Kelley

In this June 14, 2018 file photo, Joshua A. Kelley of Waterloo lowers himself to the ground after exiting a motel room following a seven-hour standoff with police in a motel west of Fremont. It has been determined that Kelley will be able to stand for trial for multiple charges from the incident.

ANGOLA — A Waterloo man who has been in Steuben County Jail since a standoff with police at a Fremont area motel a year and a half ago is set to go to trial in February.

Joshua A. Kelley, 37, attended a final pretrial conference Monday morning in Steuben Superior Court. The trial was confirmed to start Monday, Feb. 24 and is scheduled for the entire week. Kelley is represented by public defender Robert Hardy.

There could be many witnesses called, as police from across the state converged outside the motel after Kelley allegedly shot at the first officers on the scene June 14, 2018.

Steuben County and Fremont officers went to the motel after DeKalb County Communications received a 911 call reporting a “dead girl in the bathroom” in Kelley’s room at the motel, say court documents.

Officers entered Room 12, where Kelley was staying, and found the bathroom door shut, says the probable cause affidavit. When they opened the door, Kelley allegedly was pointing a .380-caliber handgun. As the officers exited the room, Kelley allegedly fired at them.

Heavily armed police response closed S.R. 120 in the area of the motel for hours. The emergency response team deployed pepper spray gas into the room twice. On both occasions, Kelley fired a round from his gun out the window of the hotel room, court documents say.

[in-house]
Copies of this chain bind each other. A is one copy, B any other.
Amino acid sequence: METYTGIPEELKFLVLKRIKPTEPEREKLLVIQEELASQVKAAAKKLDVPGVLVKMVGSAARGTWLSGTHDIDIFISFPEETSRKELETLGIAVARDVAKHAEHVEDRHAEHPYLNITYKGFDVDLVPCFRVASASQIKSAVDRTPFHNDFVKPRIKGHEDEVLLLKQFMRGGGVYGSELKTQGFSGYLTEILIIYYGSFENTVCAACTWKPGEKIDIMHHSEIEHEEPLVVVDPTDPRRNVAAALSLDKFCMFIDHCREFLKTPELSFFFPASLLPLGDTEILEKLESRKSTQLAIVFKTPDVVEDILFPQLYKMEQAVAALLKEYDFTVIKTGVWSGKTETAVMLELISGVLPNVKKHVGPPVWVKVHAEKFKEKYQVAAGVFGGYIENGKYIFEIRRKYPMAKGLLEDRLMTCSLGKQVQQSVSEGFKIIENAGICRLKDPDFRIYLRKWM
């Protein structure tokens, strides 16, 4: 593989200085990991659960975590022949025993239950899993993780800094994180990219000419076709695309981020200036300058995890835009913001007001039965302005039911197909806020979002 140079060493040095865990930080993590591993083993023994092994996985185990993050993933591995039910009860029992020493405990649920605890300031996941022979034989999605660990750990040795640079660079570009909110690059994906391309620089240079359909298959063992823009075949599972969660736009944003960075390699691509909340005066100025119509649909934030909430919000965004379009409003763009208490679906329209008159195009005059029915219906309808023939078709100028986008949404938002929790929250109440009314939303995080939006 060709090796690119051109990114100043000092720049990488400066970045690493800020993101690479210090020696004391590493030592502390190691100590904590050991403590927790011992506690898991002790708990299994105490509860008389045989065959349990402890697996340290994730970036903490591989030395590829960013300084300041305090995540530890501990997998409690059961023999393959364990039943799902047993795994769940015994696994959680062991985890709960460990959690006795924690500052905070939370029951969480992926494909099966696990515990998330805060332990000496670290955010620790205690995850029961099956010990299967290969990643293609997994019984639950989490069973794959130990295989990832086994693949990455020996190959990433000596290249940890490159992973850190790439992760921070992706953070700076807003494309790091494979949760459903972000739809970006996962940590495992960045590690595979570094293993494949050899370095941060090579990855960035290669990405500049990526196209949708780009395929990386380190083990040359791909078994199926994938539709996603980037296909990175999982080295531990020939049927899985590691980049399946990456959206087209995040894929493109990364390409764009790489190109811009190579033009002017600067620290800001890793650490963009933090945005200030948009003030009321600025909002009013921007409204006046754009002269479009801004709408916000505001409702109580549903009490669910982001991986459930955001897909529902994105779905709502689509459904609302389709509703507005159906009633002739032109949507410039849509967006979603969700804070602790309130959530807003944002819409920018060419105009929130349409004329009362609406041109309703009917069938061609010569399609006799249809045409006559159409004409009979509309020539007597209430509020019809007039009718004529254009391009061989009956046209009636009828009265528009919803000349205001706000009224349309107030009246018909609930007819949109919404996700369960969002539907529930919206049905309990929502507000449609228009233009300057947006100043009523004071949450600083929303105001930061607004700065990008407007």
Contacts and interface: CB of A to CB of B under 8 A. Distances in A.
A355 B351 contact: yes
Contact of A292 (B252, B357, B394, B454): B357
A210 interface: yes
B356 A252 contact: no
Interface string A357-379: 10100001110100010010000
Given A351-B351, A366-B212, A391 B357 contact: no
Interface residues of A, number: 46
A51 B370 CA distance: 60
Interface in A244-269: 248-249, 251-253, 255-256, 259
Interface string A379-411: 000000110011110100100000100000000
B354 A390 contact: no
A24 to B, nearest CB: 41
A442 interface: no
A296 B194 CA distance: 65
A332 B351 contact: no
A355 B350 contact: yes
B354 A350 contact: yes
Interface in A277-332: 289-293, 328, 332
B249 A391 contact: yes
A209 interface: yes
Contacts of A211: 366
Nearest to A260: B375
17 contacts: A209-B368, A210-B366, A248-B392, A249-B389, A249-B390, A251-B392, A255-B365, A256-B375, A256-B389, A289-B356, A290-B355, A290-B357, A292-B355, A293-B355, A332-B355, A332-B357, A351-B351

The trial has been continued several times. Kelley was evaluated by mental health professionals after attempting an insanity defense but no basis was found for that.

Kelley faces two Level 1 felony charges of attempted murder. A Level 1 felony carries up to a 40-year prison sentence.

He is also charged with Level 4 felony manufacturing methamphetamine, Level 5 felony intimidation with a deadly weapon, Level 6 felony pointing a firearm, and Class A misdemeanor and Level 5 felony allegations of carrying a handgun without a license.

He is also looking at six sentence enhancers. Three of the enhancement charges, which could result in up to an additional 20 years under a conviction in the case, refer to pointing or discharging a firearm at a person known to be a police officer. The other three allege habitual offender, which could add up to 20 years for Level 1-4 felony convictions.

Recommended for you

(0) comments

Welcome to the discussion.

Keep it Clean. Please avoid obscene, vulgar, lewd, racist or sexually-oriented language.
PLEASE TURN OFF YOUR CAPS LOCK.
Don't Threaten. Threats of harming another person will not be tolerated.
Be Truthful. Don't knowingly lie about anyone or anything.
Be Nice. No racism, sexism or any sort of -ism that is degrading to another person.
Be Proactive. Use the 'Report' link on each comment to let us know of abusive posts.
Share with Us. We'd love to hear eyewitness accounts, the history behind an article.